who was understandably distracted. He was given his award early so that he could skedaddle and go warm up for How To Succeed In Business (Without Really Trying). He won a Tony for it after all, it’s understandable that he’d want to get back to work. Still, he was polite, and spoke warmly about the night.
“It’s nice to be accepted into the community,” said Larroquette. “It’s my first time here. Especially in a place built to reflect the appreciation of good theatre.” He’s been itching to do live theatre for a while, but the ‘downside’ of a healthy TV career has made it difficult-to-impossible for him to find the time for it before now.
After a bit more mingling, the crowd shuffled into the Great Hall for some opening banter from Master of Ceremonies Julie Chang, of Fox 5 News. Chang was gracious, funny and not afraid of roasting Justin Beiber. (More power to you, Ms. Chang.) On the challenges of getting a taxi at 5 PM, she said, “If you saw a little Asian girl making out with a cabbie, you know the sacrifices I made to be here for you.”
It was announced that would-be recipient the Honorable Christine Quinn (Speaker on the NY City Council) was unable to attend. Like Laroquette, she was called away by actual work. (I have mixed feelings about this. On the one hand, kudos for being so good at something that you’re being recognized for it. On the other, stopping to smell the roses wouldn’t kill ya.)
Brooke Shields (about to start a run as Morticia in The Addams Family) was on hand to receive he r award—and she reflected on why Inside Broadway is so important. “I grew up loving [theatre], watching people give their all to it. I can’t imagine not growing up having that as a part of your life. Theatre is a gift. It’s personal. It’s an outlet. It’s inspirational. It’s crucial to keep funding for the arts alive… All kids deserve the opportunity to be a part of that.”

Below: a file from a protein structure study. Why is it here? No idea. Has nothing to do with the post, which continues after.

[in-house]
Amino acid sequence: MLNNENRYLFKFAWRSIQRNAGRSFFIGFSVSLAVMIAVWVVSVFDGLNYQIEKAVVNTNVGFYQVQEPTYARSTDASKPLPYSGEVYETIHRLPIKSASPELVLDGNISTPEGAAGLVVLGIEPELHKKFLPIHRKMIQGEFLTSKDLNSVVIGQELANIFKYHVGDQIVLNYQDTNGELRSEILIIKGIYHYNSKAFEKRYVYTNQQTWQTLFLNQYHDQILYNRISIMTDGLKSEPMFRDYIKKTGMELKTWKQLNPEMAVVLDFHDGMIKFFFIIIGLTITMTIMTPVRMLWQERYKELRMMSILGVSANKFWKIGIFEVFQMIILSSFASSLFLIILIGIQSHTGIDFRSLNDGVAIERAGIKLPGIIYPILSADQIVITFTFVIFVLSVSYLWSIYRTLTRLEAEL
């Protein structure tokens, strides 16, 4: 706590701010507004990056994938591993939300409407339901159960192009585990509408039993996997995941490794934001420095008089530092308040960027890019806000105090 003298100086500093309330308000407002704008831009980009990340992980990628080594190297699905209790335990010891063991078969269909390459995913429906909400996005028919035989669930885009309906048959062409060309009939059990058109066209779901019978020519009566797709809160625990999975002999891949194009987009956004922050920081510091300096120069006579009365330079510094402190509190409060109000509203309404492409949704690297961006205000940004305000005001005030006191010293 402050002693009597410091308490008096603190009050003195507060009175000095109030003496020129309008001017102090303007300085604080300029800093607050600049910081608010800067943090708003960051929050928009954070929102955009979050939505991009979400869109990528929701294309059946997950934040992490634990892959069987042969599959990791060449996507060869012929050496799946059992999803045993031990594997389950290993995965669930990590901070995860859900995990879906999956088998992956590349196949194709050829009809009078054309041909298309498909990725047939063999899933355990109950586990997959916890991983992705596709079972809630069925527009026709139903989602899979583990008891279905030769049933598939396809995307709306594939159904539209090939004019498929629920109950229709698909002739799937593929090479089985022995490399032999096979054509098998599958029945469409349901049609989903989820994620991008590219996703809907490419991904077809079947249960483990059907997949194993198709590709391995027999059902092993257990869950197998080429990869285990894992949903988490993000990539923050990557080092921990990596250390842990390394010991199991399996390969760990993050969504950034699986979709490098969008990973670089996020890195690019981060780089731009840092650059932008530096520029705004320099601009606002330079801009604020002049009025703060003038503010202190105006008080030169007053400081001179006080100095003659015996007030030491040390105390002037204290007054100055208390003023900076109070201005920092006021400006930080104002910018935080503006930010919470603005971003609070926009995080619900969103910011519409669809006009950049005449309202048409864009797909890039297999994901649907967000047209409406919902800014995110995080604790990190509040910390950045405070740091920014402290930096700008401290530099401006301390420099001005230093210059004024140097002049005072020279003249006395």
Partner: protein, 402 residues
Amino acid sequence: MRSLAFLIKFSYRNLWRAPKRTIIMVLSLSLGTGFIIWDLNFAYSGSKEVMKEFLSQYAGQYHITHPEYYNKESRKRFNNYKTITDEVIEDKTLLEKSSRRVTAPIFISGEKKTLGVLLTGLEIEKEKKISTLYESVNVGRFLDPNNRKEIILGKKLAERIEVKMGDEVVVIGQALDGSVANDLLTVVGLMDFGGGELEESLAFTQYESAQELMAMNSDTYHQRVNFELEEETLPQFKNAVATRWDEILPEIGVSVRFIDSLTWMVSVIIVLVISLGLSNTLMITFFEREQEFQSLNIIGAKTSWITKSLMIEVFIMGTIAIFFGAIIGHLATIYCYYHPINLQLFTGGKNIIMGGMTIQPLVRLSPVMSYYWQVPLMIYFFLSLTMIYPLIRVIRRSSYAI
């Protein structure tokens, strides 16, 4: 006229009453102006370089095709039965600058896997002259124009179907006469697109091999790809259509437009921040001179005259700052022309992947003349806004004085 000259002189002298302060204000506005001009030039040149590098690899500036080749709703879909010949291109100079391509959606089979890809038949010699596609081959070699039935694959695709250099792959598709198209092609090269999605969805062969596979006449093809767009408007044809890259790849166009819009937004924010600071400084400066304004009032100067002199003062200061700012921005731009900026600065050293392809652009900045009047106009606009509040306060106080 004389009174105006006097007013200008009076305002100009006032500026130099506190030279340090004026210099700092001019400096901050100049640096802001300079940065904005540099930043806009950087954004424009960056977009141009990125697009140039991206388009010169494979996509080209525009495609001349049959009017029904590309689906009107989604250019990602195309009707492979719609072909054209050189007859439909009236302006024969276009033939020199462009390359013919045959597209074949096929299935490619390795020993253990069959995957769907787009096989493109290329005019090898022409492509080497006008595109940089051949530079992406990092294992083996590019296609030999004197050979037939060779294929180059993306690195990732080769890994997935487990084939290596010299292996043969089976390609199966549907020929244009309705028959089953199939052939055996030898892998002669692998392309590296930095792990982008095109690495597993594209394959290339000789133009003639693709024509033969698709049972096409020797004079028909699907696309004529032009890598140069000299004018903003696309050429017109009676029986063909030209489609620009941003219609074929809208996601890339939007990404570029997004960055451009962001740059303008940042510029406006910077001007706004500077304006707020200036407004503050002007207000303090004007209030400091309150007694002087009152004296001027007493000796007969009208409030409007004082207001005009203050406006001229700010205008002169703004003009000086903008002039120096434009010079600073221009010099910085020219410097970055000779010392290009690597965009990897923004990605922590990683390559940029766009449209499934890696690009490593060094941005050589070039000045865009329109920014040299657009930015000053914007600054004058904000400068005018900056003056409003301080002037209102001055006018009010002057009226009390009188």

The true highlight of the night, however, came with Karen Ziemba. A Tony Award winner (and former Broadway Beacon winner as well), she sang a handful of numbers that lit up the stage. The joy she infused with every song was infectious, and her voice was powerful and pure. This was a true Broadway Star: someone who loves what she does and is very, very good at it.
The final award of the night was given to Real Estate magnate Ofer Yardeni. While not a veteran of the stage by any stretch, Yardeni nevertheless found and fulfilled his own American Dream: an immigrant from Israel, Ofer has conducted $3 Billion in transactions over the course of his career. He recognized the importance of that passion, that hunger for opportunity, and the need to instill it in the next generation.
Inside Broadway can do that. They need help, and funding, but they can do that.
What can you do to help?